That cover by Steve Stiles is truly wonderful, and reminds me of the gardens my family had back when we lived in Marshalltown, Iowa. Just about anything could grow in that soil. All we really had to do was dig up the sod, till the dark, rich soil a bit, toss some seeds in, cover them up, and water a bit, then in practically no time at all everything was growing. Juanita’s gardens were probably bigger, but we also had corn, snap peas and beans, peppers, onions, lettuce, cale, carrots, radishes, and so on, even a separate herb garden next to the Rose of Sharon hedge. It was a lot of work, but worth it.
Speaking of Iowa, I wonder if Ed Gorman ever attended the first couple DemiCons, which my wife and I attended back in 1990 and 1991. That picture of him on page 22 looks vaguely familiar. If he didn’t, then he looks a lot like a professor I had at the University of Minnesota.
Once again, a fun issue, Earl, and I enjoyed it very much even though you consider me an “unworthy newbie.” And you know something? I forgive you, mainly because I know that you’re just a cranky and crusty old curmudgeon slowly going to pot out in the desert. Isn’t that awfully white of me?
Thursday June 21, 2007:
That’s a wonderfully creepy cover Steve did for this issue! It’s only too bad that he didn’t take advantage of the possibility it could be displayed in full color.
In his letter Eric Mayer writes, “I admire the encouraging attitude Rog apparently took in his fanzine reviews. It’s always seemed to me that publications (or other creative efforts) that are done for the love of it and with good intentions (not to mention given away free) should not be subjected to harsh criticism. Those who don’t like such amateur offerings should maybe just avoid them and direct their righteous indignation at stuff people are getting paid to do. The enthusiasm of a fanzine editor can be practically palpable and can be enjoyable in itself, even though the zine might feature sloppy writing and bad repro.” I agree that in the case of “The Club House” Rog’s having a universally positive attitude about the fanzines being discussed was a good thing in that the whole point of his column was to attract people’s interest in participating in fandom. Perhaps he simply didn’t review the more dire examples of the fannish muse that were sent his way. (I don’t have copies of those Amazings to check for myself.) But I also feel that not to provide peer criticism of fanzine efforts would constitute a failure to communicate honestly within our microcosm. True, there are those who will shrink and withdraw in the face of critical comments, no matter how true and well-intentioned; but there are others who will take the criticism to heart, apply it to what they’ve done, and strive to do better in future. On balance, I think critical comments are not only warranted, they’re necessary if people are to grow in their writing and editing skills (and not just in fandom).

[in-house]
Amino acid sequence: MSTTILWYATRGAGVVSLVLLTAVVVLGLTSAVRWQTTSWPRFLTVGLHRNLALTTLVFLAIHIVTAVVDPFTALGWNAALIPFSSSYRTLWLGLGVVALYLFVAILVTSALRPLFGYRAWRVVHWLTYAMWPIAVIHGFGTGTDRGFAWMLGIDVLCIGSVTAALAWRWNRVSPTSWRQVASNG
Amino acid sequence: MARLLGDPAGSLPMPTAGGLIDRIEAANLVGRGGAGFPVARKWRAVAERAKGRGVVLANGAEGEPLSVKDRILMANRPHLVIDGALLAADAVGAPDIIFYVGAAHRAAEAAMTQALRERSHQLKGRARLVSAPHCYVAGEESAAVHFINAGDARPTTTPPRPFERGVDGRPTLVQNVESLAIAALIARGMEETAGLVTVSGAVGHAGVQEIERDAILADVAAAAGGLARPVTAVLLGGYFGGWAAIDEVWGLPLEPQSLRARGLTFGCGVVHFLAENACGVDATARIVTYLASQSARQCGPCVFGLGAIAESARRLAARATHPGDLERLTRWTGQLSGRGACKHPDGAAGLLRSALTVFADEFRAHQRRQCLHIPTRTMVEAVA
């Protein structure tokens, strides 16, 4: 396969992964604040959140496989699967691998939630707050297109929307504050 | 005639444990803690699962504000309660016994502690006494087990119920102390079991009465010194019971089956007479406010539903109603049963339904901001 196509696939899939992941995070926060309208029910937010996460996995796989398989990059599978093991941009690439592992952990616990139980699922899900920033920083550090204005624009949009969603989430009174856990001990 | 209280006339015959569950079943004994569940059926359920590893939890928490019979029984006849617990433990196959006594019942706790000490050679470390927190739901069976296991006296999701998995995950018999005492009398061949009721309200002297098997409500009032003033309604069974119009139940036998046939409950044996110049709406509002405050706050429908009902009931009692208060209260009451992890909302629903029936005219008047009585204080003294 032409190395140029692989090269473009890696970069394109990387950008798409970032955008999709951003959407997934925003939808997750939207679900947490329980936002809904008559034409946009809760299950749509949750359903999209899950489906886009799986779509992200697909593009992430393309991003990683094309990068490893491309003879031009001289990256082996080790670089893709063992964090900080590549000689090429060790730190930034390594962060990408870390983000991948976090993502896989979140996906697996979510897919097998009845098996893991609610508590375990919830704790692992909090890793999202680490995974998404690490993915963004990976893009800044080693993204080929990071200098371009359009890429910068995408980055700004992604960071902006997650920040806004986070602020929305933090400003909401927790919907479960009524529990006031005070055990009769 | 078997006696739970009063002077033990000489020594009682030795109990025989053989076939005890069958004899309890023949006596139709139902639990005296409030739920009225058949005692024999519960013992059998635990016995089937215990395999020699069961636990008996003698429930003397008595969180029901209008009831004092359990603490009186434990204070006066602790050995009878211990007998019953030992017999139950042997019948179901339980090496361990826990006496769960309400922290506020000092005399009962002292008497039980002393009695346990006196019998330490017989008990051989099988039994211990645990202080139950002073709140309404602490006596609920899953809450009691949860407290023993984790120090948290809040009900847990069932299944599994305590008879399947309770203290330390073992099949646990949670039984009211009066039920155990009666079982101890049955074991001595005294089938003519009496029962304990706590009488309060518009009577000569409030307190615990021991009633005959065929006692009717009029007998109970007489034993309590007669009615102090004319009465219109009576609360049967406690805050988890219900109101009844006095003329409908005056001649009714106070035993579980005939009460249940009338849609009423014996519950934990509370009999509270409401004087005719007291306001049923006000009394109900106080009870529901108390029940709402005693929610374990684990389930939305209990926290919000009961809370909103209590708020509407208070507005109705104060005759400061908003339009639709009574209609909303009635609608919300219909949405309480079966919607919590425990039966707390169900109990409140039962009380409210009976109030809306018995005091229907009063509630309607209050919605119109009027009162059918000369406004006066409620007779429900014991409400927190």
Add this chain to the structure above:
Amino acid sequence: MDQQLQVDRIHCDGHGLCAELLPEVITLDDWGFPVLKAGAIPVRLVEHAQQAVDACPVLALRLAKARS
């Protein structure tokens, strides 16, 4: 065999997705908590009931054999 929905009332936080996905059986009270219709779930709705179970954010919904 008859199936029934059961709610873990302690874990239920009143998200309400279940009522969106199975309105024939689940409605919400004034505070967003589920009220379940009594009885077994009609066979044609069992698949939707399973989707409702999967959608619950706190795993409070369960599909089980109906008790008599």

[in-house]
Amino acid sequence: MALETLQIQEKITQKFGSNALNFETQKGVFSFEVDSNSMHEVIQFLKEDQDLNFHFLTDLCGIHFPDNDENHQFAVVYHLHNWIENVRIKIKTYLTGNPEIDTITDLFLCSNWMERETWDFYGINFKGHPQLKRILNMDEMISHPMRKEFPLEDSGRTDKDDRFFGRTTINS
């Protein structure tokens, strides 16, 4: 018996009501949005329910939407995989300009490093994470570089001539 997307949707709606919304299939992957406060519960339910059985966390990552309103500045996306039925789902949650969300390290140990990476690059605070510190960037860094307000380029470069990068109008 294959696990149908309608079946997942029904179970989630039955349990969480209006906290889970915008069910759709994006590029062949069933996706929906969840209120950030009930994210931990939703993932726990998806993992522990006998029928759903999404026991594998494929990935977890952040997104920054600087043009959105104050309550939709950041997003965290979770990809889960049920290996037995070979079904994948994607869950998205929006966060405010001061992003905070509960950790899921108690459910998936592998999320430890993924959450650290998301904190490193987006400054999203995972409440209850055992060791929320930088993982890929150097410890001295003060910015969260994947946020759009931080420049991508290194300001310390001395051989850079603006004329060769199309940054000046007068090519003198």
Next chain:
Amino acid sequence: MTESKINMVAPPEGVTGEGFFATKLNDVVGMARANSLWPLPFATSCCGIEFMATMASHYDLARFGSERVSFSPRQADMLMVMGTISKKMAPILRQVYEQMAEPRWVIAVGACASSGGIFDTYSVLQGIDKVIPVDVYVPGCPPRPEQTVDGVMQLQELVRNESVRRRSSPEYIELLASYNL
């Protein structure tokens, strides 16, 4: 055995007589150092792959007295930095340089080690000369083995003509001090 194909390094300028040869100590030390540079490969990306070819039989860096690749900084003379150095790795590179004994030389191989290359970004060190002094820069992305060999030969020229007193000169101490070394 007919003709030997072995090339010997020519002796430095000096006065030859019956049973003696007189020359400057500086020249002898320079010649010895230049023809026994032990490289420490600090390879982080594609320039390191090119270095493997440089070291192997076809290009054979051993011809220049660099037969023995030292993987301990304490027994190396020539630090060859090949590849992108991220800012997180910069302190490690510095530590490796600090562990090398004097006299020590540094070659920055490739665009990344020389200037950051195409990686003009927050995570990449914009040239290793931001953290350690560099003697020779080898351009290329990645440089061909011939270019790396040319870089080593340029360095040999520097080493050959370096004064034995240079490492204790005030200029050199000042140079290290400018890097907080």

Lloyd Penney writes, “I wish there was once again a fannish column in the prozines…not only would it be an initial contact for readers who might wonder if there’s a network out there of similarly interested people, but it would also provide another way of fans and pros connecting. Isn’t that how this whole thing started? Could it restart it? Or, are we flogging a dead horse with the low circulation of most modern SF magazines? The list of involvements between fans and pros in the Phillips columns would be a godsend today....” I don’t know the answer to Lloyd’s question about “flogging a dead horse,” but I’d love to see some enterprising SF magazine editor undertake writing such a column to see what results. Many years ago I offered to write a fan column for Aboriginal SF but was rebuffed by its editors even though I wished no payment for my efforts.
It was sad to read in Juanita Coulson’s reminiscences of fannish thievery: “And eventually, possibly inevitably, items began ‘disappearing’ from our bookshelves, never to be seen again after the crowds went home. (We had strong suspicions who might have lifted said items, but had no proof. The probable perp definitely was NOT one of our trusted, invited friends.) That was the end of the Coulson ‘picnics.’ It was fun while it lasted, and it was with regrets we closed down the shop.” I assume that although he was a resident of Indiana, Claude Degler was not one of the people who showed up at these gatherings. He had a reputation for lifting valuable stfnal items from some of the homes he visited back in the ‘40s.
In Ed Gorman’s article, the correct spelling of the last name of the editor of Twig was Guy Terwilleger. If I’d been editing this article for my own fanzine, I would have checked around and edited out Ed’s parenthetical comment about the spelling. In your case, you could have asked me or any number of other fans who were around at the time. That aside, I enjoyed but have no other comment on Ed’s article except to be very, very glad that he has so far escaped the end game of his “incurable but treatable cancer.”
In Graham’s article, it’s good to know for sure who it was had “burned down Charles Platt’s flat.” I recently read Linda Weber’s Lily, Where’s Your Daddy? and wondered what fan had done the deed.